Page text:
Critical Aquifer Overdraft Accelerates Degradation of Groundwater Quality in California’s Central Valley During Drought

It has been established that wells are at risk to run dry when groundwater levels decline during drought, but associated impacts to water quality are poorly understood. This study examined 30 yr of data from California’s Central Valley to find dramatic groundwater-level declines during drought were associated with worsening groundwater quality. This likely happens because increased pumping during drought can draw shallow, contaminated groundwater to depths commonly tapped by public drinking water wells. This is the first study of its kind to show direct linkages between drought and groundwater quality at such a broad spatial scale

Development of the Lower Sacramento Valley Flood-Control System: Historical Perspective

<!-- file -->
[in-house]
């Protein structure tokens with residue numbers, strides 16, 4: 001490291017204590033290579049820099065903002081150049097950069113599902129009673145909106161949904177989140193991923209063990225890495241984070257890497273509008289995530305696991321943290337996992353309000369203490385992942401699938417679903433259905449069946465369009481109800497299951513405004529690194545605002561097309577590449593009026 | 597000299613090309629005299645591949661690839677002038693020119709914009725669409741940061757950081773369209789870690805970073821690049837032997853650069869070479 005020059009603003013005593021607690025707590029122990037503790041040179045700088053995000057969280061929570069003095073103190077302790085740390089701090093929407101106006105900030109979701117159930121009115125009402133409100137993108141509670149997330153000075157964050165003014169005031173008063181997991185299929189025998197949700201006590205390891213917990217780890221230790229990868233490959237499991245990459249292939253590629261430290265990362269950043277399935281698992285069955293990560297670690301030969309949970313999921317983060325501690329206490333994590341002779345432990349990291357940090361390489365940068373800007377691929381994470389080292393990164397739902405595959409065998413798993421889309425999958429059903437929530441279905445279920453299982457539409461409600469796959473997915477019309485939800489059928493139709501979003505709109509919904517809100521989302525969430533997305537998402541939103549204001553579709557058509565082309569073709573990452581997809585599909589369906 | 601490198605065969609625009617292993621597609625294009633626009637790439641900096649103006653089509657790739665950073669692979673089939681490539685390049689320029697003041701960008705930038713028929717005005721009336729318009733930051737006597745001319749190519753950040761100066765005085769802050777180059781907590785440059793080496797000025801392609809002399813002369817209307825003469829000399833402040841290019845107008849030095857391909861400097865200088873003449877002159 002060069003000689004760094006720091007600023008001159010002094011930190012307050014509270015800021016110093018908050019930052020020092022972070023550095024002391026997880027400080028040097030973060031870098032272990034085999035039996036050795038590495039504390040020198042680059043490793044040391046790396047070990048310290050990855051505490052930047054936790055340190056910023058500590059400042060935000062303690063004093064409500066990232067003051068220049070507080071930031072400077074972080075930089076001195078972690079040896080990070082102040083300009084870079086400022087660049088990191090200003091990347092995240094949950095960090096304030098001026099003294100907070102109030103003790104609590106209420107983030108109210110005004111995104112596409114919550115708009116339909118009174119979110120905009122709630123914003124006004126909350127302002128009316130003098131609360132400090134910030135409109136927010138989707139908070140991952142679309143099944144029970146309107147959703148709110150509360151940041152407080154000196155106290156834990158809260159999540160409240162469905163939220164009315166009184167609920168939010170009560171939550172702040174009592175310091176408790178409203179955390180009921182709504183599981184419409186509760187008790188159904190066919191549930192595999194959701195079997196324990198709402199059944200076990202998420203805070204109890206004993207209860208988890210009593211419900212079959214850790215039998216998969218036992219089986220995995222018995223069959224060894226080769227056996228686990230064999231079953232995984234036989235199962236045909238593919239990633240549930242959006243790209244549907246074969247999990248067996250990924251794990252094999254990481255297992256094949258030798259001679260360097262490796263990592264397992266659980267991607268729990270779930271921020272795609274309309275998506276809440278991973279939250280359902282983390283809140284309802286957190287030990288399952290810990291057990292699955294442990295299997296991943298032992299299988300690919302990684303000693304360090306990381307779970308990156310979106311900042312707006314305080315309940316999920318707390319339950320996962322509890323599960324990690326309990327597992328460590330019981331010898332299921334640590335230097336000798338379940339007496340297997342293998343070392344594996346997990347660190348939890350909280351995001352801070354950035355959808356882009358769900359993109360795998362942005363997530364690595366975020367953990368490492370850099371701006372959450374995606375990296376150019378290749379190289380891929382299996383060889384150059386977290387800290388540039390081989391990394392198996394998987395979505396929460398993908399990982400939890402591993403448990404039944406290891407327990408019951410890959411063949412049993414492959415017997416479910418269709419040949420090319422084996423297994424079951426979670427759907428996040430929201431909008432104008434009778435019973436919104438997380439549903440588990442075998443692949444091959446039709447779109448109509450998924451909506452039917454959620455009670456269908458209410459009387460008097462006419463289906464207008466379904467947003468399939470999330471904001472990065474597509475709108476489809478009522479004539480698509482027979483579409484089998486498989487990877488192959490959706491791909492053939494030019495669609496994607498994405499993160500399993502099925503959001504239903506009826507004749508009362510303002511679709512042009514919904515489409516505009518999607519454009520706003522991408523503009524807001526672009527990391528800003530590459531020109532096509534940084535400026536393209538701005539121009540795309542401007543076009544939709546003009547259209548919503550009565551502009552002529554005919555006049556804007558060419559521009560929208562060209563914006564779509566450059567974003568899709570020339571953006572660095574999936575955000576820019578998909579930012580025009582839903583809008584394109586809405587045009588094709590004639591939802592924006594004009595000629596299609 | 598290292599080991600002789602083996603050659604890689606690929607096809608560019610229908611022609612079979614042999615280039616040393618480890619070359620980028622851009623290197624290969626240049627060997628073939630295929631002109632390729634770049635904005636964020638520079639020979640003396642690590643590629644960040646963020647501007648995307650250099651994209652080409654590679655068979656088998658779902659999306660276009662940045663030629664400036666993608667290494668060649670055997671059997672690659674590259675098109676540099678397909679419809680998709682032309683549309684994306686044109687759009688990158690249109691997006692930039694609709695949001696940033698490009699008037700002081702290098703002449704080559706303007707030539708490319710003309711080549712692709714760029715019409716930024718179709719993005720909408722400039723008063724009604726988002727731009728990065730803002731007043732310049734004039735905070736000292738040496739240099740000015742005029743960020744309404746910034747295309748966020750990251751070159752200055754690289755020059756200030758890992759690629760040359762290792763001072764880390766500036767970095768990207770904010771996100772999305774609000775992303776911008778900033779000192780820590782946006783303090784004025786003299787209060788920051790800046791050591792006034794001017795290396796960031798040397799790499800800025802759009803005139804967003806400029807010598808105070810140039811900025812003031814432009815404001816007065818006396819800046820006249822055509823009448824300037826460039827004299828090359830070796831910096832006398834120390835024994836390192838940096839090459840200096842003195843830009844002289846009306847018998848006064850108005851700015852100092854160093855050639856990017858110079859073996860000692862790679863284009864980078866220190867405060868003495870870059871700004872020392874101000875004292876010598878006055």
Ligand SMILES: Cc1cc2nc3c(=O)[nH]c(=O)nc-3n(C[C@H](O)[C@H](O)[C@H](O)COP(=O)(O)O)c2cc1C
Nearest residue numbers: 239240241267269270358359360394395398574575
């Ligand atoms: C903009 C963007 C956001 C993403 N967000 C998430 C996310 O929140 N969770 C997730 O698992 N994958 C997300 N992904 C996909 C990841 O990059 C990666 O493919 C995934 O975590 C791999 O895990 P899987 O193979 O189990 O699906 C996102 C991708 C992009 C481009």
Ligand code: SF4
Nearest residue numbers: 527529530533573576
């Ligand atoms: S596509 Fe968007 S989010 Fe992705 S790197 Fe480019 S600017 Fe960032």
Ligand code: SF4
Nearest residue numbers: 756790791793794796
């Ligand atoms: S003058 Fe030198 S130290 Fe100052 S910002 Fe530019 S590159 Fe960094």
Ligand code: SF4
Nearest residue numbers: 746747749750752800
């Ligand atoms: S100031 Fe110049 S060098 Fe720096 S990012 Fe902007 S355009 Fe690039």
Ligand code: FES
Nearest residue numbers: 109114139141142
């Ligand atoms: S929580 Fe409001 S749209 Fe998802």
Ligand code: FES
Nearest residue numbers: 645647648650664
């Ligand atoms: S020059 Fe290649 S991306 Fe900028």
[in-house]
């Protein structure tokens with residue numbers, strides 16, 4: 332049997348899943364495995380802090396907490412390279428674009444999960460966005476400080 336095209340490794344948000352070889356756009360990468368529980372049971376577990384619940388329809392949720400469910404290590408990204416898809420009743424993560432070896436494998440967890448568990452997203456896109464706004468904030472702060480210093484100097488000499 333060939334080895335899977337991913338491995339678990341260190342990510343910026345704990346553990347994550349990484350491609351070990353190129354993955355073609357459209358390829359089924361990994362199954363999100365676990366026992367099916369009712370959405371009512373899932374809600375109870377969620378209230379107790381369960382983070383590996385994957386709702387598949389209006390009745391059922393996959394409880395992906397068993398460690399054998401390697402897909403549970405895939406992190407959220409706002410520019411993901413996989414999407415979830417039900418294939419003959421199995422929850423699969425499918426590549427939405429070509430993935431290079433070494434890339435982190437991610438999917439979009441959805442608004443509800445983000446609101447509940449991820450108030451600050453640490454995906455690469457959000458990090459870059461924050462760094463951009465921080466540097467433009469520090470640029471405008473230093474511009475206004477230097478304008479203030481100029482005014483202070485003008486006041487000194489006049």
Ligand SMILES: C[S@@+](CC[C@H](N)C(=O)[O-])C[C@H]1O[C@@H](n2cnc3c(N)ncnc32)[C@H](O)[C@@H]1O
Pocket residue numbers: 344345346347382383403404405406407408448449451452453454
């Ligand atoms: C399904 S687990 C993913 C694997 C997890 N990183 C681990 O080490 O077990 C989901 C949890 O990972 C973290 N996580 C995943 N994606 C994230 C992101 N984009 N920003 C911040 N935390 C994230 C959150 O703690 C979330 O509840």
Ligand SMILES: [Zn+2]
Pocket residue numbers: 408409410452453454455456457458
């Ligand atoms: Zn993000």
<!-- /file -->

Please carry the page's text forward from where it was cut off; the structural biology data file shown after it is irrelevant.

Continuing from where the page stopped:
Natural physical conditions and the politics of flood management provide the historical context for structural flood control that underlies modern flood hazards in the Sacramento Valley. The valley is a broad, low plain with backswamp basins that were frequently inundated prior to Anglo-American settlement, continuing until the modern flood-control system was established. Early attempts to emulate the Mississippi River single-channel levee strategy failed repeatedly in the Sacramento Valley due to high flow variability, mining sedimentation, lack of a coordinated levee system, and the inability of the main channels to carry most of the flood flows. Hydraulic mining caused massive sedimentation in major east-side tributaries, such as the Feather, Yuba, Bear, and American Rivers, and in the Sacramento River below the Feather River confluence. This sedimentation led to a flood-control design that relied on levees with narrow cross-channel spacings to promote channel scour and facilitate navigation. Even without sedimentation, floods were not contained within channels, but were largely conveyed through a system of low-land basins. In the early twentieth century, an innovative channel bypass system was adopted that emulates the natural system by routing excess flood waters over a series of weirs and through broad, channelized bypasses that cross the basins. This system has been successful in reducing the extent of frequent inundations of broad lowland areas of the valley. It is in need of maintenance and improvement, however, and cannot eliminate the risk of future flooding in low areas behind levees that are being rapidly developed.